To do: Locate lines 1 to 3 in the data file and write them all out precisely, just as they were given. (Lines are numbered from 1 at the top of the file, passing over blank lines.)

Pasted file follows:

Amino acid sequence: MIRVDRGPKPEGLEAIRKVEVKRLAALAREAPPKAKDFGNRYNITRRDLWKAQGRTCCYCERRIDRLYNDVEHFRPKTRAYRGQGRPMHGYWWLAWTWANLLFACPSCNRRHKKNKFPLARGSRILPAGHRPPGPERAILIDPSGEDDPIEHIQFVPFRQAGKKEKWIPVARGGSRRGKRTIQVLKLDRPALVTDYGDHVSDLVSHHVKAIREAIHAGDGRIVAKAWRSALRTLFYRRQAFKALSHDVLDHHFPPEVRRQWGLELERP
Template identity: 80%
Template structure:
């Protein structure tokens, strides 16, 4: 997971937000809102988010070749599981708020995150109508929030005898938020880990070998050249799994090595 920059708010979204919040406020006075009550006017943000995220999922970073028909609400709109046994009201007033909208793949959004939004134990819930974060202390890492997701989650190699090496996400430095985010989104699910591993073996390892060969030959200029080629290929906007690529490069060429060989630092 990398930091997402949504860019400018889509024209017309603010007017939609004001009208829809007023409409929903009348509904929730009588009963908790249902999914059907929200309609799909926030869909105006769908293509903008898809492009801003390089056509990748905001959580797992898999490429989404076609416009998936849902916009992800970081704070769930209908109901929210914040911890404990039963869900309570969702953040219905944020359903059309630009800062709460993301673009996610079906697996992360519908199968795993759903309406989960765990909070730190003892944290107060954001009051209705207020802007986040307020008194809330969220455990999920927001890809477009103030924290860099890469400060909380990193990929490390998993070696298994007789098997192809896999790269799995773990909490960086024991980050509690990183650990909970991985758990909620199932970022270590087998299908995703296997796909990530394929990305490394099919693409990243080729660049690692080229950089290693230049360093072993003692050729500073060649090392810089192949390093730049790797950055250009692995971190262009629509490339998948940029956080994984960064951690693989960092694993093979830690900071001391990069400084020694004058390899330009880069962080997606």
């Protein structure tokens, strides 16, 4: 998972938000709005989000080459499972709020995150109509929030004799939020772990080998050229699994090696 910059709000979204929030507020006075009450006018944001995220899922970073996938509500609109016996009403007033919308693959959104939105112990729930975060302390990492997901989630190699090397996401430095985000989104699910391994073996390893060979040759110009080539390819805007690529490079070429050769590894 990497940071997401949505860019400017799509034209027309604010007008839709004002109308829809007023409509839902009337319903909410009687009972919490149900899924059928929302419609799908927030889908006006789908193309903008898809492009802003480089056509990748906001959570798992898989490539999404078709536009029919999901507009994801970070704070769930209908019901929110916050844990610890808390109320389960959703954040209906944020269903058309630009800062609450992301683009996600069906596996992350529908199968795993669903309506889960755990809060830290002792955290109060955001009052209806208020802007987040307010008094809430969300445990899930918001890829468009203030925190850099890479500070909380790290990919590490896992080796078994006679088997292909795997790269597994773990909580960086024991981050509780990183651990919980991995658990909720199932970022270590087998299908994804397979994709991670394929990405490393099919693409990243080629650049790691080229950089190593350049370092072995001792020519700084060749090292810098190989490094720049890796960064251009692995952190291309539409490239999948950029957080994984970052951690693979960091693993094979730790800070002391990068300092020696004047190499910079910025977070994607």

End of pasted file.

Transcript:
Amino acid sequence: MIRVDRGPKPEGLEAIRKVEVKRLAALAREAPPKAKDFGNRYNITRRDLWKAQGRTCCYCERRIDRLYNDVEHFRPKTRAYRGQGRPMHGYWWLAWTWANLLFACPSCNRRHKKNKFPLARGSRILPAGHRPPGPERAILIDPSGEDDPIEHIQFVPFRQAGKKEKWIPVARGGSRRGKRTIQVLKLDRPALVTDYGDHVSDLVSHHVKAIREAIHAGDGRIVAKAWRSALRTLFYRRQAFKALSHDVLDHHFPPEVRRQWGLELERP
Template identity: 80%
Template structure: